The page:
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CHARDON, Ohio (WJW)– When the Chardon High School football team opened the season on Friday night, one of the Hilltoppers carried a thin blue line American flag onto the field.

After posters on social media complained about the display, Chardon Local Schools investigated and concluded carrying the flag was not racist as some had claimed. Instead, it determined it was show of support for police and one of the Chardon coaches, who is a police officer.

In a letter to the Chardon community, the superintendent also wrote that the carrying of the flag could be interpreted as political speech, that is not permitted on school grounds and would not be allowed in the future.

“The perceived connection between political activity and a potential school-sponsored event, obviously the football team is directed by coaches, coaches are employees of the school district,” Dr. Michael Hanlon Jr. said.

Many Chardon residents said the display of the flag was also a reflection of the bond between Chardon students and Chardon police. It was forged in February 2012, when officers were among those who rushed to Chardon High School after a teenage gunman killed three students and wounded three others.

“I agree with the players wholeheartedly. We support our police 100 percent and I definitely disagree with banning that flag,” Bill Manning said.

“We certainly recognize and value that relationship that we have with our first responders, nobody can deny the importance of that,” Hanlon said.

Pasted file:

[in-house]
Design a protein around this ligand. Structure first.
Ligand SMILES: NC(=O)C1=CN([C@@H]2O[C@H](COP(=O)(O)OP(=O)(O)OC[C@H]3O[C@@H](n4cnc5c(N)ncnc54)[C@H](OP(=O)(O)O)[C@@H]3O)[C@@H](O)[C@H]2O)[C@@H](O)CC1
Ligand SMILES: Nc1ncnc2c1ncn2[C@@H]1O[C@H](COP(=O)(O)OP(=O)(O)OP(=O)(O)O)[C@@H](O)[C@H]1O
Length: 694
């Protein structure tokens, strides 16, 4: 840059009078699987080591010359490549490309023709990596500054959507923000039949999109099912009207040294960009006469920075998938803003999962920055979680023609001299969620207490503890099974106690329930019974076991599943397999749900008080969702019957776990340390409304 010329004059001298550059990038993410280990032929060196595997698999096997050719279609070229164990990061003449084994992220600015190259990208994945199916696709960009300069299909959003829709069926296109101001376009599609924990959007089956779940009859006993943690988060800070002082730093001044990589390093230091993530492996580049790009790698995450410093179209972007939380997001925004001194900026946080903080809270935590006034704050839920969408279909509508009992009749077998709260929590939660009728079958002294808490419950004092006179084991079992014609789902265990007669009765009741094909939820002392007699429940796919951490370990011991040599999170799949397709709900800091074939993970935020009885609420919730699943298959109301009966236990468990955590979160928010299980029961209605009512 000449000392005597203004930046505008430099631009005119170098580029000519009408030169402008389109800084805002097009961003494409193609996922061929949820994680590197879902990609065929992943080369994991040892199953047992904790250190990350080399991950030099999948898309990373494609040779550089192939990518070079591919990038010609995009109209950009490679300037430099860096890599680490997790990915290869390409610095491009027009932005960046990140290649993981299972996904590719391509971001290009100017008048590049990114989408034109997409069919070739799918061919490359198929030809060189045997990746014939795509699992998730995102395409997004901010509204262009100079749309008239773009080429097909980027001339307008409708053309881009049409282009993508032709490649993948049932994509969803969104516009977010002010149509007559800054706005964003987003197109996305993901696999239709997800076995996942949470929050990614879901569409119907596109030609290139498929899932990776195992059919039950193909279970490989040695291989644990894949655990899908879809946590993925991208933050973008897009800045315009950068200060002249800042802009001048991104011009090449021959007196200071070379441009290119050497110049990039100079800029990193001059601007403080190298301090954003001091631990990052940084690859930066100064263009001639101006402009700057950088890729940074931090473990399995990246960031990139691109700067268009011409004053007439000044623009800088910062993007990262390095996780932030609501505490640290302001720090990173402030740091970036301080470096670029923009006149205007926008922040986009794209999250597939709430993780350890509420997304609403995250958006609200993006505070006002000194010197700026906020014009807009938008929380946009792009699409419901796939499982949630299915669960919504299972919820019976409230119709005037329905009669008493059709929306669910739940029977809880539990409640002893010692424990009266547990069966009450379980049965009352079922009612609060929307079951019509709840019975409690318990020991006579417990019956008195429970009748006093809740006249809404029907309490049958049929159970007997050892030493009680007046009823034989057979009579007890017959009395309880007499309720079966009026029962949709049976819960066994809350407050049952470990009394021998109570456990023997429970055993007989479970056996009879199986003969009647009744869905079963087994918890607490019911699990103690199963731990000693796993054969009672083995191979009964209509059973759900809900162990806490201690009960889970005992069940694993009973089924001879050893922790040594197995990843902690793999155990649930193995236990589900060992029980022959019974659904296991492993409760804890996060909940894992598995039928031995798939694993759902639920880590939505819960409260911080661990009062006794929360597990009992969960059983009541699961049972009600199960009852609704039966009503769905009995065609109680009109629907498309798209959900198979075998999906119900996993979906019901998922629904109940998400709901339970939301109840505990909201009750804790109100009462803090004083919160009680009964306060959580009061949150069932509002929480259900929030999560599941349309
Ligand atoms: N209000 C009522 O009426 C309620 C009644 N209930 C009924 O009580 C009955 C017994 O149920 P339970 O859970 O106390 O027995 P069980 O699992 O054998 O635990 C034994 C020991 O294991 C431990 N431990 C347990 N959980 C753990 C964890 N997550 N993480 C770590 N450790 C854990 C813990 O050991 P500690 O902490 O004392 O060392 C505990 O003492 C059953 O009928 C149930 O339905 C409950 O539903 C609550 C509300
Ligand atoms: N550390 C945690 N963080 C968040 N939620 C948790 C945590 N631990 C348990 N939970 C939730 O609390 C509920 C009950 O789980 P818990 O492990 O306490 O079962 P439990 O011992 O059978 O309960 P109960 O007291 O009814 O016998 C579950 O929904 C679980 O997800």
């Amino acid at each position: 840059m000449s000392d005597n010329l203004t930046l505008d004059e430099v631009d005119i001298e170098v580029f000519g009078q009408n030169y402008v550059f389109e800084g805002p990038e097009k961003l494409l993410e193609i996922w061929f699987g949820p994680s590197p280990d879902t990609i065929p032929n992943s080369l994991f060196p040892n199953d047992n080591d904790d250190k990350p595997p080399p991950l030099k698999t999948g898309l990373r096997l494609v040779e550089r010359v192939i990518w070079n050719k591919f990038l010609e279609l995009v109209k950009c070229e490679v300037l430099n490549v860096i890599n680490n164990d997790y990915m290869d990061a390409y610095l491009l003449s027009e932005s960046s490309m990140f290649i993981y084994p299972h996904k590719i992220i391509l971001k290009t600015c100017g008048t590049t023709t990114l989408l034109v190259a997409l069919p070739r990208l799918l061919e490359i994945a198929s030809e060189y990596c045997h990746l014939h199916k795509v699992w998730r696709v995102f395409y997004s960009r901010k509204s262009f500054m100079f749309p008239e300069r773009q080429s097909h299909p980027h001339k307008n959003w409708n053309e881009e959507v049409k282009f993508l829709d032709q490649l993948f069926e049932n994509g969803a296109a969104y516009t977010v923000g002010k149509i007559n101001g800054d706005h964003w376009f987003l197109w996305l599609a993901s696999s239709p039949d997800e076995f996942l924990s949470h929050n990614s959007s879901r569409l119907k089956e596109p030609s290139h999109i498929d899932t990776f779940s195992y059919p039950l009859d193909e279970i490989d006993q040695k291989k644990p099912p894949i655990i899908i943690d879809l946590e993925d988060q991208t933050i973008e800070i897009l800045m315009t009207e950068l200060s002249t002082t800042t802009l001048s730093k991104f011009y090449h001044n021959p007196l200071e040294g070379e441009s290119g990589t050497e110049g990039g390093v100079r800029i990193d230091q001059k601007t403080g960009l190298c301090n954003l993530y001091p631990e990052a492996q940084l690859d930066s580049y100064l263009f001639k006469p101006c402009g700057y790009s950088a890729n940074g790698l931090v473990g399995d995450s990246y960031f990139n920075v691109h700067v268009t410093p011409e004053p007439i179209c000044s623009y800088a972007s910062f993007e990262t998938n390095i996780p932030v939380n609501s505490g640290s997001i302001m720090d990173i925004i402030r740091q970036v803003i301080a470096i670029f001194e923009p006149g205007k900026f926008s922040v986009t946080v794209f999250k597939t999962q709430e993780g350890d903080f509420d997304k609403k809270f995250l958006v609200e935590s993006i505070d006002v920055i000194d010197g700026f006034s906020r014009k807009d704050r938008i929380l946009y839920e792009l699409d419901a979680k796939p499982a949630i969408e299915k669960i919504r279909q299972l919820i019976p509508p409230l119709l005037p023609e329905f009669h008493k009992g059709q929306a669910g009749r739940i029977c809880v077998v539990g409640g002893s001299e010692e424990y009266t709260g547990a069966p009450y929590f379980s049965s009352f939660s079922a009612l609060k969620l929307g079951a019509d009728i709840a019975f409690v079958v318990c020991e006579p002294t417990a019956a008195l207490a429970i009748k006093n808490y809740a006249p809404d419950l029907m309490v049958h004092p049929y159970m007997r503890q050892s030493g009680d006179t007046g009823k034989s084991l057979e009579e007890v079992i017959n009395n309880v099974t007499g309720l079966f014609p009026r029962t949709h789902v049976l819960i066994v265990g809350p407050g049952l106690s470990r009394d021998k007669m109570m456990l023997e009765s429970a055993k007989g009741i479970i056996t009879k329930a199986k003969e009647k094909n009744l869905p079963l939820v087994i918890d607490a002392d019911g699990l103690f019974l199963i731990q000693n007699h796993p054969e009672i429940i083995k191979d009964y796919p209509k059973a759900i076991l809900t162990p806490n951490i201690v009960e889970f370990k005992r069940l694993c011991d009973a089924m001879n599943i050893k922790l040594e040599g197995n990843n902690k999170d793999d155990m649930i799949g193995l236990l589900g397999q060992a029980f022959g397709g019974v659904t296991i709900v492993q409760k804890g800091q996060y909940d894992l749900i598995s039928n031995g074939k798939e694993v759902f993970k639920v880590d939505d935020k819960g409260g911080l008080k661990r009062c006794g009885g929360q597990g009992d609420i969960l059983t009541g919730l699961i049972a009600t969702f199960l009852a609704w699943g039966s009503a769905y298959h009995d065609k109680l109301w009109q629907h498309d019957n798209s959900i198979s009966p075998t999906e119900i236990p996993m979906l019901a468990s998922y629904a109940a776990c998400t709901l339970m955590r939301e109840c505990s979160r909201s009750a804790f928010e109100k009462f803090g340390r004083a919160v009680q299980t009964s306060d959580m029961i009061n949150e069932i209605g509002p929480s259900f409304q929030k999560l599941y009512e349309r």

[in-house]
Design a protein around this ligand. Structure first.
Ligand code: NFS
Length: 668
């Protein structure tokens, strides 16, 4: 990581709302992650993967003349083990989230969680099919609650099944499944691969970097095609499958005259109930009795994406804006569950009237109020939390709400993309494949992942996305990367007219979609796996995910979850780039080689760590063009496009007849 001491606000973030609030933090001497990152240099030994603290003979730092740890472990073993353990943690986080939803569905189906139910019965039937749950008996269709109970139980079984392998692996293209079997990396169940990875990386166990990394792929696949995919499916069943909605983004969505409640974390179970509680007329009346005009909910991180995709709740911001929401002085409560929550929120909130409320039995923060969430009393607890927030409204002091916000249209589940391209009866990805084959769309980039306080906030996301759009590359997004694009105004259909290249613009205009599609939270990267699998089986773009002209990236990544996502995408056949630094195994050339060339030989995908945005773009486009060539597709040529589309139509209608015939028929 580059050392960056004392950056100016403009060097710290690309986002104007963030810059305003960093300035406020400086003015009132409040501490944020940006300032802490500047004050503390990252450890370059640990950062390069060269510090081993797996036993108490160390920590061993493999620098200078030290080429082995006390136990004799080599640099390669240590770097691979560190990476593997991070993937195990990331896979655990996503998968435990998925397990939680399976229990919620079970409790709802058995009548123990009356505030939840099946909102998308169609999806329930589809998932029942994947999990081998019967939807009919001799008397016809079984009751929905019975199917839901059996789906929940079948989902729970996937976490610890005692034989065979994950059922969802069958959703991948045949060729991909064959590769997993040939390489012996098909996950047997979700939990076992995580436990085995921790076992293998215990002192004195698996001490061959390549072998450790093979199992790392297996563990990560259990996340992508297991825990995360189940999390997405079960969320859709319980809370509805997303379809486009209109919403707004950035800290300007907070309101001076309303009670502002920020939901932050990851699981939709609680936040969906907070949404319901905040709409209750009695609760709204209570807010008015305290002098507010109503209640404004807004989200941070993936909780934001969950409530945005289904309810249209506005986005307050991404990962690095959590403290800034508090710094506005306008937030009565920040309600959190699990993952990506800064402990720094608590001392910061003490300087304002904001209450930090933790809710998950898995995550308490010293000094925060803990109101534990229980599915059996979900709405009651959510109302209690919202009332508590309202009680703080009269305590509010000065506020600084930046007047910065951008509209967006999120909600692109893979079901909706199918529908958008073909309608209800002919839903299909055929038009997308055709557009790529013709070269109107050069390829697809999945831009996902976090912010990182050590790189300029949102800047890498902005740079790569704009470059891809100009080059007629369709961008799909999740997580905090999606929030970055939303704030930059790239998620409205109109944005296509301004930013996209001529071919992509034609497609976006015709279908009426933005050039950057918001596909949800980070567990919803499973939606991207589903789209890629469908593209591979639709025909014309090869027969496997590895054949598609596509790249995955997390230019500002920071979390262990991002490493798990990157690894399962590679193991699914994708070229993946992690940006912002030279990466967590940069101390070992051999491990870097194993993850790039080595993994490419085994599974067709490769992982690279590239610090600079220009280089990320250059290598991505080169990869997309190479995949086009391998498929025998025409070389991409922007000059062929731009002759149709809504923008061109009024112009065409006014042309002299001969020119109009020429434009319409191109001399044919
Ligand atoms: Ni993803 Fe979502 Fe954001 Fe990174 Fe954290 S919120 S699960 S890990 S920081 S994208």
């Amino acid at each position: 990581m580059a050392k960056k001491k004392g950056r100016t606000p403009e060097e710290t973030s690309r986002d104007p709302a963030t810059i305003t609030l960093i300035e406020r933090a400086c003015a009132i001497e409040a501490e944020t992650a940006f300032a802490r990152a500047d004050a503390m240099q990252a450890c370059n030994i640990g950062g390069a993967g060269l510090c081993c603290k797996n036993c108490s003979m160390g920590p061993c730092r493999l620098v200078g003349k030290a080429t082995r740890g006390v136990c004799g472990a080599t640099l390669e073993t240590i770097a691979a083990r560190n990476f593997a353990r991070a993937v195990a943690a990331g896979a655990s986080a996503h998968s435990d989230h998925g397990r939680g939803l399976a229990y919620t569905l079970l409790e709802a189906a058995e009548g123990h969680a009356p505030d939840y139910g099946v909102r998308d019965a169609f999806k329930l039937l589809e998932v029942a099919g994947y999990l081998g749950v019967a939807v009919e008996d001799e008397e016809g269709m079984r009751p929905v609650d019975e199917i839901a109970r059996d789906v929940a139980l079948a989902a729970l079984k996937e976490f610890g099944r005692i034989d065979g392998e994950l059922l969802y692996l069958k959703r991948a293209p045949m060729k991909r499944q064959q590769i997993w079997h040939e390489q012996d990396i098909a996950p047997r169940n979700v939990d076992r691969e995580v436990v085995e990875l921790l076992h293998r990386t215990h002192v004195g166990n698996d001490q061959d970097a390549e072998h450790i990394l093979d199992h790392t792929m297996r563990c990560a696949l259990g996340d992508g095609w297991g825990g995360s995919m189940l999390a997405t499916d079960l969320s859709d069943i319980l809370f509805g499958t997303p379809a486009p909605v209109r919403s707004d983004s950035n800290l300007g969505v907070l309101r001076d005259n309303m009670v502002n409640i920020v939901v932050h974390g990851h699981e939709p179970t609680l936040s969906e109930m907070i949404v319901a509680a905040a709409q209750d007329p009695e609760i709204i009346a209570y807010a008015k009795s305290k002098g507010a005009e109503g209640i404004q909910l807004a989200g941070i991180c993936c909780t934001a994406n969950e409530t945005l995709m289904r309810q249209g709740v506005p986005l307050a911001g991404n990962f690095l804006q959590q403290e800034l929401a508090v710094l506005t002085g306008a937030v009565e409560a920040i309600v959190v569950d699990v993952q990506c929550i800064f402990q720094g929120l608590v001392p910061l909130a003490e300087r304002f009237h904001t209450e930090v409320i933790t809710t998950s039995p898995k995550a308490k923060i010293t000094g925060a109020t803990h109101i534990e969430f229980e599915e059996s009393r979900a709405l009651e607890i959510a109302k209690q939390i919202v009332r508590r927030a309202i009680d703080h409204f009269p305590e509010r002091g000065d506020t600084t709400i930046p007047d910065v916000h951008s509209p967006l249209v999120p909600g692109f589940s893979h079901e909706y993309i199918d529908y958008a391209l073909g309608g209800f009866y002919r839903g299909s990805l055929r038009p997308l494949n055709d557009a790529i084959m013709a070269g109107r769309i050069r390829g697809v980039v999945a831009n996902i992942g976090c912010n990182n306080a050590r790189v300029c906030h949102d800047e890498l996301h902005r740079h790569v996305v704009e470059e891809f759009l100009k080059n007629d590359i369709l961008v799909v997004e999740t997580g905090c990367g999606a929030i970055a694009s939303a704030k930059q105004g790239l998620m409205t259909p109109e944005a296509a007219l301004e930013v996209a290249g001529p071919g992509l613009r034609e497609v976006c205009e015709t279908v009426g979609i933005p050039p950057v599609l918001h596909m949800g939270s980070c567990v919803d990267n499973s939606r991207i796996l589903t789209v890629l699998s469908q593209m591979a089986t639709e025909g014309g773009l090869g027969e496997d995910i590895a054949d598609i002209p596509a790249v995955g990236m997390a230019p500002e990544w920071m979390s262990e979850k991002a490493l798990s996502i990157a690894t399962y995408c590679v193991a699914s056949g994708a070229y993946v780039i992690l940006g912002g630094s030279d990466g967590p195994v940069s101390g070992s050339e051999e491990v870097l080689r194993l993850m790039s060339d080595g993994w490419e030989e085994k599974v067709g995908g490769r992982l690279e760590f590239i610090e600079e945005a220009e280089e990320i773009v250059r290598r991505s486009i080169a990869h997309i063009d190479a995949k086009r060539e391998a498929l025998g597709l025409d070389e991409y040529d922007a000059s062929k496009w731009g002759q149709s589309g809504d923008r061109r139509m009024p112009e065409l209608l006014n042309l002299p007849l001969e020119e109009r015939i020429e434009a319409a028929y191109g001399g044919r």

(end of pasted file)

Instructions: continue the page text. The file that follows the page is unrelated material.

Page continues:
Some Geauga County residents said if the district is banning the thin blue line American flag, it must ban other flags that are viewed as political.

“It makes sense as long as they’re consistent in their stance, you know. Would they also say you can’t fly a Black Lives Matter flag, or any other political flag, can you fly the rainbow flag, can you fly the Christian flag? As long as you’re consistent and say in your school district, we’re only flying the American flag or not, then I think it’s fair,” Kyle Boone said.

In response, the superintendent said the district will apply the same standard to all other flags or symbols.

“Any of those, I think based on the feedback that we have received, it’s clear that people perceive those as a political issue and as a result that constitutes political activity on school grounds as well,” Hanlon said.

On Tuesday, Geauga County Commissioner Ralph Spidalieri called for Hanlon’s resignation. In a letter to the superintendent, Commissioner Spidalieri wrote, “Words cannot explain the anger, frustration and disappointment that I felt reading your letter to community members,” and “You have proven beyond a reasonable doubt that you do not carry the compassion, understanding and leadership quality that is required in your position.”

Dr. Hanlon declined comment on the call for his resignation, but on Tuesday afternoon, he posted the following statement about the flag controversy:

“Over the past several months, expressions of support for both local law enforcement and racial justice have increasingly become a part of our community’s, and the nation’s, public discourse. it is through this lens that we are viewing the current discussion happening in the Chardon community following the football game last Friday night.

“As you are aware, as part of the pre-game ceremony, some of our student athletes made the decision to carry a ‘Thin Blue Line’ flag onto the field. because the football team is supervised by employees of Chardon Schools, immediate concerns arose that the decision to carry the ‘Thin Blue Line flag’ was school-sanctioned or that employees were engaging in political activity on school grounds. Chardon Local School District’s policy does not permit engagement in political activity of any kind – in our classrooms, at our events or on the field.